‘Click Interview’ with Matter: ‘Repetitive Rhythms And Abrasive Sounds Supported By Deep Bass Immersed Into A Sea Of Noise’

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Matter is an Italian solo-project set up and driven by Fabrizio Matrone. The project is already active for a couple of years now and has released different albums on labels such as Le Petit Machine, Soviet Media Kontrol and Kvitnu. The new opus “Primitive Forms” has been released on Ant-Zen revealing a magic sound fusion between industrial-techno, IDM and dark-rave music. The work belongs to the best progressive industrial releases from the past few years or to the darkest techno/trance productions.

(Courtesy by Inferno Sound Diaries)

Q: How would you introduce yourself as musician and the different projects you’re involved with?

Fabrizio: My name is Fabrizio Matrone and I’m an electronic music producer better known under the moniker of Matter and Heidseck. Matter is a project exploring the territories of industrial, rhythmic noise and experimental music. The main peculiarities of this project are repetitive rhythms and abrasive sounds supported by deep bass immersed into a sea of noise. Heidseck is a project drone/ambient with an isolationist touch. Since a few years I manage the label Subsidence with the film maker Pier Paolo Patti and other collaborators like Lino Monaco of Retina.it and Pier Giuseppe Mariconda, known under the moniker of Prg/M.

Q: Matter clearly appears to be your ‘main’ project and also the most prolific one. What have been the biggest satisfactions so far and might we consider your newest work released on Ant-Zen as the ultimate consecration?

Fabrizio: Of course it has been a great satisfaction for me to be published by a label like Kvitnu, and it has been such an honor to be remixed by Orphx (the 12” will be released the 14th of September by Concrete Records). The new album released on Ant-Zen represents a big goal. I’m not sure if I can define it a consecration, but it is an important event for my music career. A label like Ant-Zen and some of the bands were formative and deeply influenced my sound.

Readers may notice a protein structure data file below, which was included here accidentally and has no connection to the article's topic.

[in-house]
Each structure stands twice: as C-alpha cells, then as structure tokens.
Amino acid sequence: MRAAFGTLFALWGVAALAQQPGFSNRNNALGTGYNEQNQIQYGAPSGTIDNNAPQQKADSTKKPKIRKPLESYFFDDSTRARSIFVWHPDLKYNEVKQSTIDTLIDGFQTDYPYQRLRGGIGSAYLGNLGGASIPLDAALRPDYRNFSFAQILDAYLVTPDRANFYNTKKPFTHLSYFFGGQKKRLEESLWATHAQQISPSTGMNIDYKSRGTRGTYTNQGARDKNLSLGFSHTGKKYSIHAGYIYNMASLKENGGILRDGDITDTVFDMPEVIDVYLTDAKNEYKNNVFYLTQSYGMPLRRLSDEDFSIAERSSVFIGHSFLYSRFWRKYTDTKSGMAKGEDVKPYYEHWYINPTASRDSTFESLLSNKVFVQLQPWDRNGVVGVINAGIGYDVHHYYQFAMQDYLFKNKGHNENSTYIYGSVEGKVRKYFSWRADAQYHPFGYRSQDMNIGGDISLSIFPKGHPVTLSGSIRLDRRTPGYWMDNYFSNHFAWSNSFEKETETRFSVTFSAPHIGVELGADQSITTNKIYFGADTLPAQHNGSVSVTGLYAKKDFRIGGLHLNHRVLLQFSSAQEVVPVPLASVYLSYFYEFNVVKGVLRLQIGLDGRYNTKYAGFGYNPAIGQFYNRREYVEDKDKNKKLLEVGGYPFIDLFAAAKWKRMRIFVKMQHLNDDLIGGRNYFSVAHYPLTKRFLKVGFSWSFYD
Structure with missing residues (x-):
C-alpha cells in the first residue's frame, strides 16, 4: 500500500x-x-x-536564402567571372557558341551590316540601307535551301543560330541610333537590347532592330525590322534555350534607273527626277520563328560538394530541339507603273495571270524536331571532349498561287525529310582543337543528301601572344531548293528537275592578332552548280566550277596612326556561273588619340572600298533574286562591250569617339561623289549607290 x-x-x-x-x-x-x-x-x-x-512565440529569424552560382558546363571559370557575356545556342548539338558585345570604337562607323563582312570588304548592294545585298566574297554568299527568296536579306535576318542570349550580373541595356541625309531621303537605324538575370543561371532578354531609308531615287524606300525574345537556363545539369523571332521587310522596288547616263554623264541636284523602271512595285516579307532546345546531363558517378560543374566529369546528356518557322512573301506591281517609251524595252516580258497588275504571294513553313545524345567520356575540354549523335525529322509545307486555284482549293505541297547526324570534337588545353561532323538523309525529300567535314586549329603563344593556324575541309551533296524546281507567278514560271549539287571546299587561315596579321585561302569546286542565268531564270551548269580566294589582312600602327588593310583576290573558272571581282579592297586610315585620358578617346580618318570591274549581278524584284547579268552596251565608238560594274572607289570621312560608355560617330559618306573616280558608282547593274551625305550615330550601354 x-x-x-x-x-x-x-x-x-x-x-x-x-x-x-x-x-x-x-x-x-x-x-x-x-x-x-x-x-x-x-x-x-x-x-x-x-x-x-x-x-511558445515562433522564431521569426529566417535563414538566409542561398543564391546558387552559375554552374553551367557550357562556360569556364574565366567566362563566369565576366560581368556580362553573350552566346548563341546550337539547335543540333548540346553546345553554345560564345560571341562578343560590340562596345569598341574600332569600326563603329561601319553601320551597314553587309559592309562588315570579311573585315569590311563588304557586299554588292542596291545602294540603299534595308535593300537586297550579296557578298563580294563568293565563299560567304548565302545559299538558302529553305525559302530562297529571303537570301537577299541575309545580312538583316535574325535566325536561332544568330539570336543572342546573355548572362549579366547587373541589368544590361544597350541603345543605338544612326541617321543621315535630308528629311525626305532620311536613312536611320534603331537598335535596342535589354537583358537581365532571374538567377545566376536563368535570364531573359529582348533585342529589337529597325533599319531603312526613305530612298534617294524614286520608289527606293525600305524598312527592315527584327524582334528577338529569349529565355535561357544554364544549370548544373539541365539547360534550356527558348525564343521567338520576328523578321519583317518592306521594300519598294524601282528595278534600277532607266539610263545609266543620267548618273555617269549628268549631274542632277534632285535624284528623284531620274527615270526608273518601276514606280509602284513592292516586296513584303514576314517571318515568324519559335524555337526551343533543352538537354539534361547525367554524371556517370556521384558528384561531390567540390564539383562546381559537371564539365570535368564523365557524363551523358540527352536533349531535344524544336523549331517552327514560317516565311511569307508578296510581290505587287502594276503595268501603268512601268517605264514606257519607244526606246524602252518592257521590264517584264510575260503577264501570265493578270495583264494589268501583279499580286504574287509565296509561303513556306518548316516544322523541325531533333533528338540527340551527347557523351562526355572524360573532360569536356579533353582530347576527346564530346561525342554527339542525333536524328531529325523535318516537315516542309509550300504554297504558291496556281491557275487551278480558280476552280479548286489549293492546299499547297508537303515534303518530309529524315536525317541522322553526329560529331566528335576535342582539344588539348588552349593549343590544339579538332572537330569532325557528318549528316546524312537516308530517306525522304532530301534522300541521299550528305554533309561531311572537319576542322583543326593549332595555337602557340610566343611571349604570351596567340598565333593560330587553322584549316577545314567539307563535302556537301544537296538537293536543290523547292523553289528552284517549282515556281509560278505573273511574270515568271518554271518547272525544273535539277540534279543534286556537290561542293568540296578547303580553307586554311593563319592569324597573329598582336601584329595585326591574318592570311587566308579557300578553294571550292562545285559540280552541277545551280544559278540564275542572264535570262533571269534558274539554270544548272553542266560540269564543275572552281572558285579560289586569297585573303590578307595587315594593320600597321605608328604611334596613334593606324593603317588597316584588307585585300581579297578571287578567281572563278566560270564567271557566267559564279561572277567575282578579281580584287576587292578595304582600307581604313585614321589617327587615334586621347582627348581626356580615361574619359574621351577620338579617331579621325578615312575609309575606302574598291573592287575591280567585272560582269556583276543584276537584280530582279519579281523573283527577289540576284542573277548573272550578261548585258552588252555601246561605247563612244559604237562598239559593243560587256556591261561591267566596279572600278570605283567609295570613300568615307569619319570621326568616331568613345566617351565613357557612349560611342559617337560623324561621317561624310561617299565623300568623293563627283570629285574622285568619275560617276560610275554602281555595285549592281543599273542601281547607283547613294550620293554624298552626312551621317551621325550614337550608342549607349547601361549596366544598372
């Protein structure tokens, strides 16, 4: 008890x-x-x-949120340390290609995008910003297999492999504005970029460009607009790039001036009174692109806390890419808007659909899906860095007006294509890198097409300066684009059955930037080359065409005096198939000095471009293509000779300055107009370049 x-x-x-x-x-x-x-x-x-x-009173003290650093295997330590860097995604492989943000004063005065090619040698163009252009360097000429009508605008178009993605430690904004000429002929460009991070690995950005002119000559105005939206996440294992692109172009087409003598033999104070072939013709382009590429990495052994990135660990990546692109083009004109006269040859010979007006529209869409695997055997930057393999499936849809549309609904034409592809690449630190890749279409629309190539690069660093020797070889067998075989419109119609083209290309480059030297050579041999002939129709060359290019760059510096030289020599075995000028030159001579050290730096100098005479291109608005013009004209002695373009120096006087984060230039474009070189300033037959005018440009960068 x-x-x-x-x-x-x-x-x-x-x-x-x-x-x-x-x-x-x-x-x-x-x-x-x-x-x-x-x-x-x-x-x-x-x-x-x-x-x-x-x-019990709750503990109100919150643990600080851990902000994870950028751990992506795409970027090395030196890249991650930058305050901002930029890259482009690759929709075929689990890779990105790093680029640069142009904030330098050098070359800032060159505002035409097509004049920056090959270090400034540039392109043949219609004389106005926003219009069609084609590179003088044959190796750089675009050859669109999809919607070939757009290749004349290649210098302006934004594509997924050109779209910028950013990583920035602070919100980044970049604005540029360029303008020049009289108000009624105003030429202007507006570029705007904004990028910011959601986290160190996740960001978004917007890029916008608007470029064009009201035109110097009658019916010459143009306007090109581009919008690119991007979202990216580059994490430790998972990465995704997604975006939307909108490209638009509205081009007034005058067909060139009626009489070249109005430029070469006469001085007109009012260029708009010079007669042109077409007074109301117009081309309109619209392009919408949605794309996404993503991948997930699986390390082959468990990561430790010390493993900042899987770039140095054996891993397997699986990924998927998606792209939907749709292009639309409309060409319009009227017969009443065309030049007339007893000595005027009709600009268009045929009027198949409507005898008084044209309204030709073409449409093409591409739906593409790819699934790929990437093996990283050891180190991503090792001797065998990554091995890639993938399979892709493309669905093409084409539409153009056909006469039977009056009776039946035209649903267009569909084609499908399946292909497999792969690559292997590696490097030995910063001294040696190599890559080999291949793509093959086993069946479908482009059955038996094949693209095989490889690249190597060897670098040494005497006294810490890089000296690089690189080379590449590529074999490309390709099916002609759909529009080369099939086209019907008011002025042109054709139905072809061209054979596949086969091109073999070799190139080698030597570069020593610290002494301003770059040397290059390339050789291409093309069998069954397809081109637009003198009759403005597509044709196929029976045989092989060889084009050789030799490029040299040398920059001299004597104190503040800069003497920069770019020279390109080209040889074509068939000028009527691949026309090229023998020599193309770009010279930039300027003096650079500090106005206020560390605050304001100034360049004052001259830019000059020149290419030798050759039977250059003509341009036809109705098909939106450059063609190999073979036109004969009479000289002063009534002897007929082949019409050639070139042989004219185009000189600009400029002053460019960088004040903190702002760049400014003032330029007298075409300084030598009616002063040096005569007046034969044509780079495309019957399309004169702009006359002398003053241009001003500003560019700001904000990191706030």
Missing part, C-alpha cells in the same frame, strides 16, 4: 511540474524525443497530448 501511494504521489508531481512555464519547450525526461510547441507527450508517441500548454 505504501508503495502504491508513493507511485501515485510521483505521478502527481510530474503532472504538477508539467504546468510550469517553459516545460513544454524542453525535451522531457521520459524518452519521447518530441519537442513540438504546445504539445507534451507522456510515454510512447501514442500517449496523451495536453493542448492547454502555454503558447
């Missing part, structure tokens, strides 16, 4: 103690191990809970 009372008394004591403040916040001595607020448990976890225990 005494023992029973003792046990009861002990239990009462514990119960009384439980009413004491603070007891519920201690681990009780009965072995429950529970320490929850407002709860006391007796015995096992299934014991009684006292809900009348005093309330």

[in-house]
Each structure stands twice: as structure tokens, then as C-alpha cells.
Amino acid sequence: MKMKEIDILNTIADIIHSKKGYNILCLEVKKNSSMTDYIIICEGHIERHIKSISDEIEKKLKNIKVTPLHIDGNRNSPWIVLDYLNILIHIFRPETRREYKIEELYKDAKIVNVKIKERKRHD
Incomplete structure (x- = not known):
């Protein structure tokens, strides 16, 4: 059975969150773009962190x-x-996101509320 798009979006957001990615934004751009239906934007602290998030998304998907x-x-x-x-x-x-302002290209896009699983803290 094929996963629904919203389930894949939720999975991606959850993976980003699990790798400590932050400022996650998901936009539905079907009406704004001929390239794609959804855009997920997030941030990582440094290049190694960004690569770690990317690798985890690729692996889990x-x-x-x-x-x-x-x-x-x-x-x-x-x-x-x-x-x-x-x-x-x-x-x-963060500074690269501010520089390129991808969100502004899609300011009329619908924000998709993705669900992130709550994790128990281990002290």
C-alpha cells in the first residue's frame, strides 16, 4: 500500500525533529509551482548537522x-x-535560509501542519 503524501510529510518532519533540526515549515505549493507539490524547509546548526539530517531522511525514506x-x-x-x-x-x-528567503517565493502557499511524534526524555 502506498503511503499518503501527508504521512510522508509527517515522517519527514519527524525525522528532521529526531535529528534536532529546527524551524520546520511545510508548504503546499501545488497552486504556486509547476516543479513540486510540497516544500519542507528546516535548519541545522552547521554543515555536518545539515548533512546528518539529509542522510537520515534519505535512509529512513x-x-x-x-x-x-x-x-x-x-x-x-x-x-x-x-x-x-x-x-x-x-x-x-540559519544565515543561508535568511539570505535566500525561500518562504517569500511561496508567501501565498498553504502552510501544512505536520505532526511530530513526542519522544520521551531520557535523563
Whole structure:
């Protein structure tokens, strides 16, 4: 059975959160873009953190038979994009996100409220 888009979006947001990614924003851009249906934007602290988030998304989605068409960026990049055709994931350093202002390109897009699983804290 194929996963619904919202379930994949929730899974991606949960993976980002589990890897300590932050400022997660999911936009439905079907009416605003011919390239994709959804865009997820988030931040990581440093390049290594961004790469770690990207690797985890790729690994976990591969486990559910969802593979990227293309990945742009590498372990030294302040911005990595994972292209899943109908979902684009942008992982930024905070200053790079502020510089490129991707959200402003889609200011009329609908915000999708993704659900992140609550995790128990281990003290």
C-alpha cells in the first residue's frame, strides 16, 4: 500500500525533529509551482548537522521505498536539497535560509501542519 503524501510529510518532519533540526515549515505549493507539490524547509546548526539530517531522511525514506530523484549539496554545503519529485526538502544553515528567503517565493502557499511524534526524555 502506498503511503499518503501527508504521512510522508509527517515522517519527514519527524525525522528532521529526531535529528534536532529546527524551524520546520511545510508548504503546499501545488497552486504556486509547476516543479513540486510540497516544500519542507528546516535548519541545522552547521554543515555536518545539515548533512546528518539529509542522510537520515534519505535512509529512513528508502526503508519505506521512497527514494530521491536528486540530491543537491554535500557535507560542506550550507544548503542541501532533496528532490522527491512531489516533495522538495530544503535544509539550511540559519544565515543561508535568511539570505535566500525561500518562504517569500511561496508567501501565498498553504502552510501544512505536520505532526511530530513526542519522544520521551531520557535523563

Q: What are the most essential elements –referring to concept, influences, sound… we’ve to know about “Primitive Forms”?

Fabrizio: The concepts of my albums are frequently inspired by geology, especially events or a specific process that sometimes assume a metaphoric role. “Primitive Forms” is inspired by the reading of an illustrated atlas of fossil distribution in Southern Tethys ocean. It describes the classification and evolution of fossil during the past geological ages when the Earth was an entirely different place to live compared with modern age, and different weather conditions, morphology and the atmosphere were absolutely hostile to the human race. These primitive lifeforms existed until the environmental conditions changed, and now there remain impressions, or traces are preserved in all their essential, but complex functional primitive forms. Probably in a distant future a lot of highly developed objects, buildings or organisms will be considered as ‘primitive forms’. Even the sound and the titles of the tracks reflects this concept.

Q: Sound-wise and in my opinion, the album belongs to the most progressive side of industrial music, but still to the darkest side of techno music with as main particularity real sophisticated sound treatments. Does this description fits with your own perception and what’s your personal perception of the “Primitive Forms”-sound?

Fabrizio: I agree with your description, the link with the industrial music has always been present, but now the rhythms are faster than in the past, orientated to techno and to the dancefloor. From a certain point of view, they’re closer to the first productions.

Q: How do you explain more and more ‘industrial’ artists (where you belong to) are progressively experimenting with different kinds of ‘techno’ music?

Fabrizio: I ignore the reasons why even more industrial artists experiment with techno, but I think that this interaction and contamination between industrial music and techno is very interesting. Personally I’ve always been interested in a certain kind of techno, so for me it has been natural to deal with it. In the past albums there were good tracks for the dancefloor, but I played they in a slow way, for example around the 60-80 bmp.

Q: What means playing live to you and how do you transpose your music from a studio recording towards a live recording?

Fabrizio: The live dimension is a gratifying experience for me; this allows me to interact directly with the audience and I can look the reactions of the people when I play this or that track. During the live shows there is a good margin to the improvisation and good ideas for new tracks can raise, of course! Also, the occasion of a live recording is strictly linked to the possibility to make new friends, old friends and to live interesting situations like festivals or other. For the live shows I use a daw helpfully configured where I upload some samples that I can manipulate, some synths and few outboard effects.

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Inferno Sound Diaries

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